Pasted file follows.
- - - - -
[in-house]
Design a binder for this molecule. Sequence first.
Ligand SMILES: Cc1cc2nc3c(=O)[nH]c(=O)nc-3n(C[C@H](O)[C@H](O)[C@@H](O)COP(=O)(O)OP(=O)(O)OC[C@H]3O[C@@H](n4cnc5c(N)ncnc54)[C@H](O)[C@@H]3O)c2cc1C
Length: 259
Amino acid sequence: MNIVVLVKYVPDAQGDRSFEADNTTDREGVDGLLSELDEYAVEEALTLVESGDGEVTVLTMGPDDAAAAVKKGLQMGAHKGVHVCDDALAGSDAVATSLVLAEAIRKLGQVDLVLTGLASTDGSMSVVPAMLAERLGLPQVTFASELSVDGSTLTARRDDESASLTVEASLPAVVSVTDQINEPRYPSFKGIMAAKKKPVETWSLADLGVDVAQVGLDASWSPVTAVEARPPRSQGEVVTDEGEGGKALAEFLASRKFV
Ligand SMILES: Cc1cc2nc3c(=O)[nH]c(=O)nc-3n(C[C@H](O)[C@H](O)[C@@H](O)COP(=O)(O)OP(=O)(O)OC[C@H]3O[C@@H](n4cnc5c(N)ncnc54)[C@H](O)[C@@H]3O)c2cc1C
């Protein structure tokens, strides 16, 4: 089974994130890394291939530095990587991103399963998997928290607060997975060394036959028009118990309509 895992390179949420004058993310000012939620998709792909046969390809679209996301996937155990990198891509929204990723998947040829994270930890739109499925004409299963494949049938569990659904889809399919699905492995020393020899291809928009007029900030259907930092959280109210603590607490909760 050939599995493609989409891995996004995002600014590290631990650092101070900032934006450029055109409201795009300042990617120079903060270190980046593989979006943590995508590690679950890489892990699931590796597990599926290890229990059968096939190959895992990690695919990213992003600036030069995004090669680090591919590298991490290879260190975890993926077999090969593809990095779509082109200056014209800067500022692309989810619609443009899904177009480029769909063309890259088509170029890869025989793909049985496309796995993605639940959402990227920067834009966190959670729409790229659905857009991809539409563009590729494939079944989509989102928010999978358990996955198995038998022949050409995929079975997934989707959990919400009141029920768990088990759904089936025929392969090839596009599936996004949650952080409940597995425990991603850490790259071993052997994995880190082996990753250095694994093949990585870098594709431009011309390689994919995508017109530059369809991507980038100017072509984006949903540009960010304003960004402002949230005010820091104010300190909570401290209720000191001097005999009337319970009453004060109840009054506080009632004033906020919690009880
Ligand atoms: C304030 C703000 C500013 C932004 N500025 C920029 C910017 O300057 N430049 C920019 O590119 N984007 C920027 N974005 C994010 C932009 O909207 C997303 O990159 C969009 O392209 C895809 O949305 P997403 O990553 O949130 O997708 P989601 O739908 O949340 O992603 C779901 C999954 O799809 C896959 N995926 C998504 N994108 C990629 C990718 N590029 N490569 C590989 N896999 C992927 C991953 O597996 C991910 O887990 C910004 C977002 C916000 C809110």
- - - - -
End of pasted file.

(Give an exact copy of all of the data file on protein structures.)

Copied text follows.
[in-house]
Design a binder for this molecule. Sequence first.
Ligand SMILES: Cc1cc2nc3c(=O)[nH]c(=O)nc-3n(C[C@H](O)[C@H](O)[C@@H](O)COP(=O)(O)OP(=O)(O)OC[C@H]3O[C@@H](n4cnc5c(N)ncnc54)[C@H](O)[C@@H]3O)c2cc1C
Length: 259
Amino acid sequence: MNIVVLVKYVPDAQGDRSFEADNTTDREGVDGLLSELDEYAVEEALTLVESGDGEVTVLTMGPDDAAAAVKKGLQMGAHKGVHVCDDALAGSDAVATSLVLAEAIRKLGQVDLVLTGLASTDGSMSVVPAMLAERLGLPQVTFASELSVDGSTLTARRDDESASLTVEASLPAVVSVTDQINEPRYPSFKGIMAAKKKPVETWSLADLGVDVAQVGLDASWSPVTAVEARPPRSQGEVVTDEGEGGKALAEFLASRKFV
Ligand SMILES: Cc1cc2nc3c(=O)[nH]c(=O)nc-3n(C[C@H](O)[C@H](O)[C@@H](O)COP(=O)(O)OP(=O)(O)OC[C@H]3O[C@@H](n4cnc5c(N)ncnc54)[C@H](O)[C@@H]3O)c2cc1C
């Protein structure tokens, strides 16, 4: 089974994130890394291939530095990587991103399963998997928290607060997975060394036959028009118990309509 895992390179949420004058993310000012939620998709792909046969390809679209996301996937155990990198891509929204990723998947040829994270930890739109499925004409299963494949049938569990659904889809399919699905492995020393020899291809928009007029900030259907930092959280109210603590607490909760 050939599995493609989409891995996004995002600014590290631990650092101070900032934006450029055109409201795009300042990617120079903060270190980046593989979006943590995508590690679950890489892990699931590796597990599926290890229990059968096939190959895992990690695919990213992003600036030069995004090669680090591919590298991490290879260190975890993926077999090969593809990095779509082109200056014209800067500022692309989810619609443009899904177009480029769909063309890259088509170029890869025989793909049985496309796995993605639940959402990227920067834009966190959670729409790229659905857009991809539409563009590729494939079944989509989102928010999978358990996955198995038998022949050409995929079975997934989707959990919400009141029920768990088990759904089936025929392969090839596009599936996004949650952080409940597995425990991603850490790259071993052997994995880190082996990753250095694994093949990585870098594709431009011309390689994919995508017109530059369809991507980038100017072509984006949903540009960010304003960004402002949230005010820091104010300190909570401290209720000191001097005999009337319970009453004060109840009054506080009632004033906020919690009880
Ligand atoms: C304030 C703000 C500013 C932004 N500025 C920029 C910017 O300057 N430049 C920019 O590119 N984007 C920027 N974005 C994010 C932009 O909207 C997303 O990159 C969009 O392209 C895809 O949305 P997403 O990553 O949130 O997708 P989601 O739908 O949340 O992603 C779901 C999954 O799809 C896959 N995926 C998504 N994108 C990629 C990718 N590029 N490569 C590989 N896999 C992927 C991953 O597996 C991910 O887990 C910004 C977002 C916000 C809110």